Return of restrictions may be needed if high Covid levels persist, says former HSE boss

Tony O'Brien said the Government must assess whether the current level of infections is sustainable, given its impact on the health service.
Return of restrictions may be needed if high Covid levels persist, says former HSE boss

Vivienne Clarke

Updated: 9am

A return of Covid-19 restrictions may be necessary if the current high level of infections persists, a former director-general of the HSE has said.

Speaking to Newstalk, Tony O'Brien said the Government and public health experts need to assess the possible reasons behind the recent surge in case numbers, after the country recorded the highest daily increase in cases since January on Tuesday.

Following the recent easing of restrictions, which saw the return of nightclubs and eased crowd limits for live events, Mr O'Brien said action must be taken quickly before infections spiral out of control.

"This large spike is coming just a week and a half after the return of nightclubs - I think that needs to be examined," Mr O'Brien said.

"If there's evidence available to Government that tells them what type of activities are the underlining cause of this level of infections, then I think they need to look at that very quickly and take a decision quickly before the situation becomes completely untenable.

"The Government will have to take a very hard look at whether it can sustain the current situation, given the pressures that will exist on the health service," he added.

Although members of the Government and public health experts alike have indicated there are currently no plans to reintroduce restrictions, Mr O'Brien suggested that decision-makers should be flexible on the matter.

"Clearly it is a difficult situation for the Government - there certainly cannot be any relaxation of current restrictions, but I think if this continues they will have to consider reversing some of the recent relaxations."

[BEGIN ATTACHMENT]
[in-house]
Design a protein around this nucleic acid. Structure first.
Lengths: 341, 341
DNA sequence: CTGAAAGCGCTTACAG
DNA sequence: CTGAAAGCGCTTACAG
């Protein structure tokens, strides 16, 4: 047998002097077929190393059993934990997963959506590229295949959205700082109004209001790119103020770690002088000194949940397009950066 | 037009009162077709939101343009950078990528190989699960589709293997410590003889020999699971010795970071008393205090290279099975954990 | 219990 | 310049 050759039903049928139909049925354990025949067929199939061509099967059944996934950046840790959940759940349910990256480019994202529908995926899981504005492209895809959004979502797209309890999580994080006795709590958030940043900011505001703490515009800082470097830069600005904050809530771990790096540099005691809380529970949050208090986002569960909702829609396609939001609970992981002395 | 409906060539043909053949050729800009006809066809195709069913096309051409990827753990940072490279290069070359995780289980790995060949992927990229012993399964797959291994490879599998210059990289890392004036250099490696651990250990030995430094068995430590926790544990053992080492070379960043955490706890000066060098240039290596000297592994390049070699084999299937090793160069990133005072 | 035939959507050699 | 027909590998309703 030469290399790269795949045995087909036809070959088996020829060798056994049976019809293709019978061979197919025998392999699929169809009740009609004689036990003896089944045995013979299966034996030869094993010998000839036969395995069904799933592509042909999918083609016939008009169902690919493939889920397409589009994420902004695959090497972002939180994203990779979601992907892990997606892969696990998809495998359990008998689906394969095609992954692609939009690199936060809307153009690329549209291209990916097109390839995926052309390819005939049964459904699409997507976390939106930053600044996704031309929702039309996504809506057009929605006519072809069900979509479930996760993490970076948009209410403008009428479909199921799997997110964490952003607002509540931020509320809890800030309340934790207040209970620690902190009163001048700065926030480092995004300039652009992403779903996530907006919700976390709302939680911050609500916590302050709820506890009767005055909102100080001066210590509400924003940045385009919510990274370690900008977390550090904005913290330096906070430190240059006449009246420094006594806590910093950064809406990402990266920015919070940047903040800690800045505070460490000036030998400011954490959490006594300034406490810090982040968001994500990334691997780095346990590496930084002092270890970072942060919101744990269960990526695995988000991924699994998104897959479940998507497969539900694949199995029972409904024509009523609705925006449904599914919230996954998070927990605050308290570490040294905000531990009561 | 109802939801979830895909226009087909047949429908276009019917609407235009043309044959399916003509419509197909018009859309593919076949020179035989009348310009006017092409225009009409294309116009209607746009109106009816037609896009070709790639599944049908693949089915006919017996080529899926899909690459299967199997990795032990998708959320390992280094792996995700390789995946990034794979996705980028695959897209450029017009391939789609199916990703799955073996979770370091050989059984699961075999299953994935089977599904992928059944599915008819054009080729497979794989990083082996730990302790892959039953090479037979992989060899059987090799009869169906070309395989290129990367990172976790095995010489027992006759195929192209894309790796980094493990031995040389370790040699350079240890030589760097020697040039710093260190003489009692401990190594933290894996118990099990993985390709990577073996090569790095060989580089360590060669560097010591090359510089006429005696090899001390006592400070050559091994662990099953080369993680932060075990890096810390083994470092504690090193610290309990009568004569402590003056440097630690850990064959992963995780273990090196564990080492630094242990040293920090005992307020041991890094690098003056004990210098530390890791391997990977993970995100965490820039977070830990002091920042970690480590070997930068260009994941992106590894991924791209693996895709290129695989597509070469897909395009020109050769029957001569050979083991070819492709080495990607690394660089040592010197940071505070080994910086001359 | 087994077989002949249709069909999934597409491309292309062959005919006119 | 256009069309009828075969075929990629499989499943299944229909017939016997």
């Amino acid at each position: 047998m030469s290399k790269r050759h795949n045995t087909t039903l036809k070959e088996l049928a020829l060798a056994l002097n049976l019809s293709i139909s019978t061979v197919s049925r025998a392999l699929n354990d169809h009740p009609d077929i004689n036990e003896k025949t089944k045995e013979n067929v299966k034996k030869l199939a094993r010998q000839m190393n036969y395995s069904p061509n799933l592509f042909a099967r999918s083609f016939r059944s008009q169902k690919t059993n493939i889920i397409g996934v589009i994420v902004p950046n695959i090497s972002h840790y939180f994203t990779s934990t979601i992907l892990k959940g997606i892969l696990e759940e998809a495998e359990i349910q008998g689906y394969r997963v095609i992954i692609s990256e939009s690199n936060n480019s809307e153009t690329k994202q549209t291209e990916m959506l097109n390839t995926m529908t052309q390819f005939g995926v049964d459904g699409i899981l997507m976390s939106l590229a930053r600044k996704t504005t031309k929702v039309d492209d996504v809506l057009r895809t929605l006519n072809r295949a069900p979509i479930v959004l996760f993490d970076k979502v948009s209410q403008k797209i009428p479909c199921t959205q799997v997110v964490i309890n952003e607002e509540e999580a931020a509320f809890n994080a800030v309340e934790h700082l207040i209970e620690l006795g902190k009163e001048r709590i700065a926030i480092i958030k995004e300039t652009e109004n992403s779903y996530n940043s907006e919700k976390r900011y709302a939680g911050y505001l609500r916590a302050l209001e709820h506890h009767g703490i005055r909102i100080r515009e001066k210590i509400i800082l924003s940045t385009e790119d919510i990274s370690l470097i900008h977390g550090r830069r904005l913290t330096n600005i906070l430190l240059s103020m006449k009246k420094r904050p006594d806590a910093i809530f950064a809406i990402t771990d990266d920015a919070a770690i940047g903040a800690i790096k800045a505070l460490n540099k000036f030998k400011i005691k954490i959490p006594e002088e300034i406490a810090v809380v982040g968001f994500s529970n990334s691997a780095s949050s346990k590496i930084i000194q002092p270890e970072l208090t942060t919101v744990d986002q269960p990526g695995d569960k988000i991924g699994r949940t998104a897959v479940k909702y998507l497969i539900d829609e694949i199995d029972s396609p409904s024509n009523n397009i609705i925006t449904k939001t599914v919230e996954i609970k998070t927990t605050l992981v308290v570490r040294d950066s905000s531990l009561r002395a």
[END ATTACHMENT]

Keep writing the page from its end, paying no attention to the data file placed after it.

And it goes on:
Antigen testing

Earlier, immunology expert Professor Christine Loscher called for antigen testing kits to be made freely available and for testing to be carried out twice weekly in households, adding that rapid testing should become part of life for everyone as a tool in the fight against Covid-19. she told Newstalk Breakfast.

Prof Loscher told Newstalk Breakfast that the roll-out of booster vaccines should also be sped up, while the public need to “recheck” their behaviour.

Other countries in Europe were also experiencing a growth in Covid cases because of behaviour changes due to winter weather, but Prof Loscher said the key thing to do would be to use booster vaccines: “We’ve been talking about them since July. Look at the numbers in hospital.”

People need to be reminded that the vaccine is about preventing illness and not about stopping people catching the virus, she said, adding that Ireland has been “backward” about antigen testing. She said such tests need to be made freely available, stating it is another tool that could play a vital role in the fight against Covid, especially when it came to asymptomatic people.

“It is time to stop and reflect. We still need to do all the things we were doing before” Prof Loscher said.

Children

Meanwhile, on RTÉ Radio’s Morning Ireland, Dr Nuala O’Connor of the Irish College of General Practitioners (ICGP) said general practices were seeing a huge rise in the number of children wearing their school uniforms presenting with Covid-like symptoms when they should have been isolating at home.

The key message was that if anyone has symptoms they should not go to school or work, she said, and this was necessary to stop the spread of all winter viruses.

“We all have a role to play. I think there’s fatigue out there, people have to get on with their lives, but we need to dial it back and be a little more cautious,” Dr O'Connor added.

People need to be careful about who they were mixing with and to avoid poorly ventilated indoor spaces, she cautioned, adding that if a person had symptoms and stayed home then they would break the chain of infection.

Dr O’Connor said she did not think contact tracing was necessary for school children as the virus was spreading in social situations, but the message remained that a child should not go to school if they are displaying symptoms.

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